Electric cars are becoming fast becoming the go-to choice for people looking for a new motor, and with the rising fuel costs and more frightening climate change evidence than ever before, it’s easy to see why. Electric cars can solve a lot of problems for us and for our planet, but what’s the true cost of leasing or owning one?
Let’s take a look at what you might spend if you’re thinking of going electric.
First up – how much does a traditional car cost per year?
It’s estimated that the average cost of running a car is about £2,500 per year excluding depreciation costs. Insurances comes in at about £500 per year, with repairs and servicing costing roughly £300. MOT and tax can cost anywhere between £150 – £250 per year depending on the make and model, and you’re looking at spending about £1,200 – £1,500 per year on fuel. Add into that parking, tolls, and breakdown cover, and you can see why people may be looking for an alternative option.
How much will it cost me to buy an electric vehicle?
Buying an electric vehicle isn’t necessarily the cheapest option, even if you’re looking to buy second hand. A quick look on Autotrader shows that even the lowest priced EVs tend to be cost a minimum of £10,000 (with the odd exception.) To buy a brand-new EV will set you back between £17,500 and upwards of £100,000, with the average cost coming in at around £44,000. However, the running costs are a lot lower than a traditional car, meaning you’ll offset the price of buying the car over time. If you buy brand new, you may also be eligible for the government’s plug-in grant which will knock up to £1,500 off the price of the car.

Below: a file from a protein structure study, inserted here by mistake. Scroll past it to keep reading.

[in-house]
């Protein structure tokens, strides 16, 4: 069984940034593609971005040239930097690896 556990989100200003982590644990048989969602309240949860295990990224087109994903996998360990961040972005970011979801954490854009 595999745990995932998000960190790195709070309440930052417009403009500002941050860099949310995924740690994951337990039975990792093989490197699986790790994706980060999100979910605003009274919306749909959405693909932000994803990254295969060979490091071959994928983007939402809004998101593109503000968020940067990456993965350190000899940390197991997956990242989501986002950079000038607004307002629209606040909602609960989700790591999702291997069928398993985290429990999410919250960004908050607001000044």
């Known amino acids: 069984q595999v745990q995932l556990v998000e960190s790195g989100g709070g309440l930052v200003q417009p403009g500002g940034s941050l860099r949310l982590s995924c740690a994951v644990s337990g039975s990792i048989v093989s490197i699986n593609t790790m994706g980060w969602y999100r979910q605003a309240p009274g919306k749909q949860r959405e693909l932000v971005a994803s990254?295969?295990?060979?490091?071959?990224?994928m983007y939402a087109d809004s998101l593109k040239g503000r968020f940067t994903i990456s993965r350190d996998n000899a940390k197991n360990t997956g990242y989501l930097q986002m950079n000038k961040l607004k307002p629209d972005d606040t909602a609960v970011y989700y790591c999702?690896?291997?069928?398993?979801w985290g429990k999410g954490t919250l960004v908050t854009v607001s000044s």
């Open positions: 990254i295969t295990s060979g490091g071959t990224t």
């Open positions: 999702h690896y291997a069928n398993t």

How much will leasing an EV cost?
A good option for driving an electric car without having to part with a big chunk of cash is to lease one. It also gives you the option to switch to a new model when your contract ends. You can lease an EV from about £270 per month, and many companies are offering free insurance and maintenance for the first year.
How much does it cost to charge an EV?
Obviously an electric vehicle needs to be charged, but with the government offering up to 75% towards the cost of installing electric vehicle smart chargepoints at domestic properties, you don’t need to worry about shelling out a lump sum to keep your EV running. Most new electric cars have a range of between 250 and 300 miles which won’t take you as far as a tank of fuel, however, currently you’re looking at spending upwards of £80 to fill up your car at the pump whereas it’ll cost you about £15 for a full charge of your EV at home. It’s worth doing some research and keeping your eyes peeled in your area too, as some supermarkets and carparks offer free charging, as do some places of work. Also, if you have solar panels on your house, you can use those to charge your EV for free!
Other costs to consider are of course insurance and maintenance, both of which vary massively depending on make and model, but can often come in cheaper than the conventional fuel car alternative.
There are a few other perks to driving an EV including paying no road tax which will save you up to £165 annually, and no congestion charge if you drive around London. The government is also offering grants for buying a new EV, and for installing charging points at your home.
We’re getting more and more excited about the electric car market, with new models coming out all the time and performance and range getting better all the time. We’ll continue to rate EVs in the coming months so keep checking in to get the latest of what’s hot on the market.